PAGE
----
A conservation charity is urging councillors to reject a bid to build a 22-turbine windfarm on a remote hillside in Sutherland.
The John Muir Trust said the proposed Creag Riabhach development near Alltnaharra would be partly on designated wild land and would have a visual impact on another three wild land areas.
It urged Highland Council to overrule a recommendation of its planning officer and oppose the plans.
Scottish Natural Heritage, Visit Scotland, the Scottish Wildlife Trust and the Mountaineering Council of Scotland area are also objecting to the proposed Creag Riabhach windfarm.
SNH stated that the development would ’significantly and adversely affect wild land’ while Visit Scotland expressed concern over the potential negative impact on tourism.
The Scottish Wildlife Trust said it is alarmed at the impact on blanket bog, and on the government’s own climate change targets, while the Mountaineering Council of Scotland has pointed to the visual disfigurement of a key mountain landscape, which includes a number of popular munros and corbetts, such as Ben Klibreck and Ben Hope.
Helen McDade, head of policy for the John Muir Trust, said: “Given the breadth of opposition from expert bodies, it would be negligent of Highland Council to allow this application to proceed without the scrutiny of a public local inquiry.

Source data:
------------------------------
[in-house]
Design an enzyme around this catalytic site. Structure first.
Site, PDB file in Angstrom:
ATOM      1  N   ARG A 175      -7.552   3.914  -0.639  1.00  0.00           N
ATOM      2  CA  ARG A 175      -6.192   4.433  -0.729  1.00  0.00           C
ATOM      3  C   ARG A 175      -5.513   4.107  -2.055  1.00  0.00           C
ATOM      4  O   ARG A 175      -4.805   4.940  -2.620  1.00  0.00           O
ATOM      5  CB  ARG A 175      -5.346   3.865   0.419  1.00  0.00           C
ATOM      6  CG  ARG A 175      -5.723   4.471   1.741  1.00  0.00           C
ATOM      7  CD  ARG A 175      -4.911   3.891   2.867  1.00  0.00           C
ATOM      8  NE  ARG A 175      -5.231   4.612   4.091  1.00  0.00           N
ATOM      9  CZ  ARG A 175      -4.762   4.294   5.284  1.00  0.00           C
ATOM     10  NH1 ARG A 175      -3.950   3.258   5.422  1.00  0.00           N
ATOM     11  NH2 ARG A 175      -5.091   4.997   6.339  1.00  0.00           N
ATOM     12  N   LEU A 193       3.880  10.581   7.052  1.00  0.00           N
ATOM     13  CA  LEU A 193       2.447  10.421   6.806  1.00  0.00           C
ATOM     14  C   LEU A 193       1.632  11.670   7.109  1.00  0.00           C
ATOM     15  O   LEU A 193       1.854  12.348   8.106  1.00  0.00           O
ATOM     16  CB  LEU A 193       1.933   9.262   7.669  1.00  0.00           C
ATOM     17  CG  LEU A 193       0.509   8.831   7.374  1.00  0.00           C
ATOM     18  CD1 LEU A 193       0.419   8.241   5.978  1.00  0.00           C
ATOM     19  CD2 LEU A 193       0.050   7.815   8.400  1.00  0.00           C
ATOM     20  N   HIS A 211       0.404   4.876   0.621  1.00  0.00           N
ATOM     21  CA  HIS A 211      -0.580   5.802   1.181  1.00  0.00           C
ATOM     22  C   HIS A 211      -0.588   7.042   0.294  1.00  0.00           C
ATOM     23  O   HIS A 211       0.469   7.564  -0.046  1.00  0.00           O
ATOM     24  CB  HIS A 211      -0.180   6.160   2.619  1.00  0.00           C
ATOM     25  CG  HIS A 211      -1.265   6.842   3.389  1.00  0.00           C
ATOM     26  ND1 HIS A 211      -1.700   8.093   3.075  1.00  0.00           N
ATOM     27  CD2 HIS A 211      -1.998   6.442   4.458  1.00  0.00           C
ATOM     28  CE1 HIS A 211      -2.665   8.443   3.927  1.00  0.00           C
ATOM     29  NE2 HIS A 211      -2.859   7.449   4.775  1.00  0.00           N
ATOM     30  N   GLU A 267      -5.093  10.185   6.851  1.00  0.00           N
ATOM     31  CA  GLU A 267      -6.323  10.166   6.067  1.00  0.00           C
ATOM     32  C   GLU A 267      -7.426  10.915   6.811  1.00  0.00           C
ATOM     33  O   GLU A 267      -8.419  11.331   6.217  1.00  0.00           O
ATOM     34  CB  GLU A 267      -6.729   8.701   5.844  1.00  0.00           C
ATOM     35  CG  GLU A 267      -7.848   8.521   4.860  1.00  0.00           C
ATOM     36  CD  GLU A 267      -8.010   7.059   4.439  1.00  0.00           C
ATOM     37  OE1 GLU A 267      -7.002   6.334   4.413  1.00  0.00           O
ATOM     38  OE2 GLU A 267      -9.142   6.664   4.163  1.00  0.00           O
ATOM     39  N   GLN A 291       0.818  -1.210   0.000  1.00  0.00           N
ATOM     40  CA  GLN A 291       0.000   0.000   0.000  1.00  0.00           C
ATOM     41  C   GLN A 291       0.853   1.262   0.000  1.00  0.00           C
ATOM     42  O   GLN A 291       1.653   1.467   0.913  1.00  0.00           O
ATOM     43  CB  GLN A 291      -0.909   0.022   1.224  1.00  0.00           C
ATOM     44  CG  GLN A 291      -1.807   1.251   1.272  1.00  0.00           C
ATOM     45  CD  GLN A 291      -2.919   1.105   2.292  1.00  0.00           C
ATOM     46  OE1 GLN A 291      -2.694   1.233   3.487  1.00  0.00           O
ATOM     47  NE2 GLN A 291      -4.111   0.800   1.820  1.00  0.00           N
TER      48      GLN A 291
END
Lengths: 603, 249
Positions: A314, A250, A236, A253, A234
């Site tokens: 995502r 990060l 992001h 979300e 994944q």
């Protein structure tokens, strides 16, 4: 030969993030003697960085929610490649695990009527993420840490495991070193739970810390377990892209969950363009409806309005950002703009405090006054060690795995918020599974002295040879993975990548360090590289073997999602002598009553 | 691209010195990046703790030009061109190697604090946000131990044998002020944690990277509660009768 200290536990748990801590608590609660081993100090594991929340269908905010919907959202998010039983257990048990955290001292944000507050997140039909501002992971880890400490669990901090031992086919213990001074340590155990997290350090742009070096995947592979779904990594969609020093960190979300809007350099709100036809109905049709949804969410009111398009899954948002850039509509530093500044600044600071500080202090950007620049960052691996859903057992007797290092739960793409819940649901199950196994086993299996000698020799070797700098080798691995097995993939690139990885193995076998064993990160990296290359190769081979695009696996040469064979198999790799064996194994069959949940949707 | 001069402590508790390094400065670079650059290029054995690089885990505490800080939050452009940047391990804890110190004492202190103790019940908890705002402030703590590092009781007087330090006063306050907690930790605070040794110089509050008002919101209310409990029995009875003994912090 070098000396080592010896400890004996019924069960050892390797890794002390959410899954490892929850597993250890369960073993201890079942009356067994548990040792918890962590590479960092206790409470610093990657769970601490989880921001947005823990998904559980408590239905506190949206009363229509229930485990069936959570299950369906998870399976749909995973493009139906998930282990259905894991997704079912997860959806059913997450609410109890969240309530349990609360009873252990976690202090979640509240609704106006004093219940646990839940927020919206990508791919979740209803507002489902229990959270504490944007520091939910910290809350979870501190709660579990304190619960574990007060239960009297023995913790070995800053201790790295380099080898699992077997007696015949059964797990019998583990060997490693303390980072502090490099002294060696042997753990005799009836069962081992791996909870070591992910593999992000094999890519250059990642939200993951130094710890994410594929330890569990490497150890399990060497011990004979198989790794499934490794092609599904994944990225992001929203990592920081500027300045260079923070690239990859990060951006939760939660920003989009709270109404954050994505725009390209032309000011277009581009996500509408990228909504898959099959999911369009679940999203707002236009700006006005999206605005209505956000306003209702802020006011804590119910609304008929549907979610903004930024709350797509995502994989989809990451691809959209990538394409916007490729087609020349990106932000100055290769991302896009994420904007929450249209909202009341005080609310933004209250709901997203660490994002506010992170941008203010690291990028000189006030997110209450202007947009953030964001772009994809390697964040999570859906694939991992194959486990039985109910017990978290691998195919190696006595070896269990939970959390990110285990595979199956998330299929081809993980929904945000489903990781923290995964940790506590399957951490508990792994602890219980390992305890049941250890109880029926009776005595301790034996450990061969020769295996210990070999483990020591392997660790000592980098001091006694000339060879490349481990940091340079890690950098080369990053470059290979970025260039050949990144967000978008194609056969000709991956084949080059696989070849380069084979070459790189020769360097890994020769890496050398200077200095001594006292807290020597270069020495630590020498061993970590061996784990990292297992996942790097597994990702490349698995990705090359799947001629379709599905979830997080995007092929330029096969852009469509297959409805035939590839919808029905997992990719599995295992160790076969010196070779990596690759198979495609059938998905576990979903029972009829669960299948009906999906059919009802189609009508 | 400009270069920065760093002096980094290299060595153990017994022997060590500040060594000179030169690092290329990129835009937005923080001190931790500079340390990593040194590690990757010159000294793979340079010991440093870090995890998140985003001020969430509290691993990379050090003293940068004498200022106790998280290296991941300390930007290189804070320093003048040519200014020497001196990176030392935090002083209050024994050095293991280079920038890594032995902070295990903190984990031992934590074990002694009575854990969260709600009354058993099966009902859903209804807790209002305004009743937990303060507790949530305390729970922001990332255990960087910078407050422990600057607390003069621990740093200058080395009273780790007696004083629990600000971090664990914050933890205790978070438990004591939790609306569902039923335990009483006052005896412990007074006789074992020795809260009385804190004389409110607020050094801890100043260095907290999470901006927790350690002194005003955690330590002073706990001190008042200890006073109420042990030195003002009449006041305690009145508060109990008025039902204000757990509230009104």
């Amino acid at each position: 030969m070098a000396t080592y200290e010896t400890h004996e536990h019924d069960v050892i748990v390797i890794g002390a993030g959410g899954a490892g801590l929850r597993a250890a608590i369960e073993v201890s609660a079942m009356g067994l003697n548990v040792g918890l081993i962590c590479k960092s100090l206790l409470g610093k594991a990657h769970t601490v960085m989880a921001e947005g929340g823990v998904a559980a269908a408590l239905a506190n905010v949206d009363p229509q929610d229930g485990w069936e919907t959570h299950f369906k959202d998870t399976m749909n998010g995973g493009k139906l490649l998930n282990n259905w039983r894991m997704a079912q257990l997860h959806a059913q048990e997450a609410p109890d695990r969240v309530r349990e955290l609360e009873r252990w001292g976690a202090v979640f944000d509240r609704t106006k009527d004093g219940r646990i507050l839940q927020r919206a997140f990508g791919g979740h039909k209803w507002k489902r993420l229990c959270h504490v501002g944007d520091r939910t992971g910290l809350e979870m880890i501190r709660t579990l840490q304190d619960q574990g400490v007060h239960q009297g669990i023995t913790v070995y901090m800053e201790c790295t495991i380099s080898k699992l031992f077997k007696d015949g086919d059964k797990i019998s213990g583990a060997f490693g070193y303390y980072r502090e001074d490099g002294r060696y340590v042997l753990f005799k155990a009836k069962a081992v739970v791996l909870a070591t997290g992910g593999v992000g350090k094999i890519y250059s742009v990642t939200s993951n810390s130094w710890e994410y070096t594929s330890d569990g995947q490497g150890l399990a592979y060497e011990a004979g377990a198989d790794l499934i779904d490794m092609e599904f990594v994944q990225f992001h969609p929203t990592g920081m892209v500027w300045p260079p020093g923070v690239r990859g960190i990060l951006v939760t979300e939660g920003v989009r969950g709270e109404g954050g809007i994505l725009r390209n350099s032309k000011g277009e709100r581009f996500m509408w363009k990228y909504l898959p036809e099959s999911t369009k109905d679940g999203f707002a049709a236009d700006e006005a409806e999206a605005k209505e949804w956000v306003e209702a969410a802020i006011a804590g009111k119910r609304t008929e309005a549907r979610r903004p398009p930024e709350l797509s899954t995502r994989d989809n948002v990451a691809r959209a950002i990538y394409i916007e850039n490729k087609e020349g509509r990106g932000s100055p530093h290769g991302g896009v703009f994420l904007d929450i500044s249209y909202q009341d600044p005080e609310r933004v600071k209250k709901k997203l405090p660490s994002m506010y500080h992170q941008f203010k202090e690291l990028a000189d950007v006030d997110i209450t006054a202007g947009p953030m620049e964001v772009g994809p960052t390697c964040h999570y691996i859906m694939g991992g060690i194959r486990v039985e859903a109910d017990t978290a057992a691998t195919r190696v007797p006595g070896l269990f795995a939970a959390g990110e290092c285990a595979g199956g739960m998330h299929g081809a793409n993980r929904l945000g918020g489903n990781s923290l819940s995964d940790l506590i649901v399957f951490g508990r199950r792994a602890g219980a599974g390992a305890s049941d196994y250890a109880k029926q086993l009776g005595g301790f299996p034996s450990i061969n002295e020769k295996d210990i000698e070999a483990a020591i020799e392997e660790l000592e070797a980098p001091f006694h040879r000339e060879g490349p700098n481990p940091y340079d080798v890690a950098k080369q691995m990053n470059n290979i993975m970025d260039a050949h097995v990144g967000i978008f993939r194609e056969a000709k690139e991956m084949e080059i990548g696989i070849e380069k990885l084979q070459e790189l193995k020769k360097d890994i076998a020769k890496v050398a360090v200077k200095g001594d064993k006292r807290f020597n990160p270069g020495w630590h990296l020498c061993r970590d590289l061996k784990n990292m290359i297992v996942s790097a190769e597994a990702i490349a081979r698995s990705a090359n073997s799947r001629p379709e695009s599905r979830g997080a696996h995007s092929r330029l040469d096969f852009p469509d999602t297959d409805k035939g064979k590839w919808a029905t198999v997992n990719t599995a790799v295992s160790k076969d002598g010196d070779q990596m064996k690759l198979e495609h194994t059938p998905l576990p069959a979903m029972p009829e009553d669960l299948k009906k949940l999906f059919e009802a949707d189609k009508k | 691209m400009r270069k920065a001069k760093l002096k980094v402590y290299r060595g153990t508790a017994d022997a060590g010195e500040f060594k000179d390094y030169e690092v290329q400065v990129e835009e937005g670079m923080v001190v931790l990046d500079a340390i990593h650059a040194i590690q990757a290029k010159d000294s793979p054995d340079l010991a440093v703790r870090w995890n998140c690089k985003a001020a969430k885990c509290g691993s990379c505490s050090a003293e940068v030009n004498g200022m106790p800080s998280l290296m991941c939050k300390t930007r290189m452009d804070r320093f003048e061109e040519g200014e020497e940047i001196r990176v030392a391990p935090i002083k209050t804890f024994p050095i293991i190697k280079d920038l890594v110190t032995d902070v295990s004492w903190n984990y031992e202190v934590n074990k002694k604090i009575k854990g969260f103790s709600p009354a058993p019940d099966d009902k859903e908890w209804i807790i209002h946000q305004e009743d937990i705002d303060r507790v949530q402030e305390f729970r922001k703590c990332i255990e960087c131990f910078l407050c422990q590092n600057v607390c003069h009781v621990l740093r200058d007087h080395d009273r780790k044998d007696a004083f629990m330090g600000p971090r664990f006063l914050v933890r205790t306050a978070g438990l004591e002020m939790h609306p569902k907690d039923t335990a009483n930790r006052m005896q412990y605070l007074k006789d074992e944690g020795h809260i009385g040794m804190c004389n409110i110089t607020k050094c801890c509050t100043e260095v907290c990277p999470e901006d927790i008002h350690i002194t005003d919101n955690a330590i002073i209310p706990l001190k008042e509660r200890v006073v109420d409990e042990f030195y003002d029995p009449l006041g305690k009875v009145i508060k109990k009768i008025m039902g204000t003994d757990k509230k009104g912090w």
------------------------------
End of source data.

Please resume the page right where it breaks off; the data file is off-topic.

“In our judgement, the planning officer’s report fails to address the wide range of negative impacts that this development would have on wild land, peat land and tourism. Nor does the decision reflect Scottish Government planning policy brought in last year, which gives greater protection to wild land areas.
“Highland Council needs to urgently review its planning policy and assessments urgently.
“The planning officer’s recommendation also appears to fly in the face of three recent decisions by Scottish Government ministers, refusing consent to windfarms in other wild land areas in the Highlands.
“The North Planning Applications Committee is to be congratulated for making the correct call in the past by objecting to four applications – Dunbeath, Glenmorie, Beinn Mhòr and Limekiln – against the recommendation of its planning officer. All four schemes were later refused by the Scottish Government, vindicating the decision of the councillors.
“In the interests of consistency, accountability and transparency, we would urge the North Planning Applications Committee of Highland Council to object to this application in order that it receives the rigorous scrutiny it deserves.”
The application for Creag Riabhach windfarm involves four turbines located within the boundaries of one area of wild land at Foinaven-Ben Hee, with a further 18 turbines sited next to the eastern edge of another wild land area and the western boundary of a third one, Ben Klibreck-Armine Forest. It would also be close to the wild land area around Ben Hope and Ben Loyal and one at Reay-Cassley, which is also under threat from three current applications.
The planning committee will meet on Tuesday to consider a recommendation from the planning officer to lodge no objection. If the committee decides to object, a public local inquiry will be triggered automatically.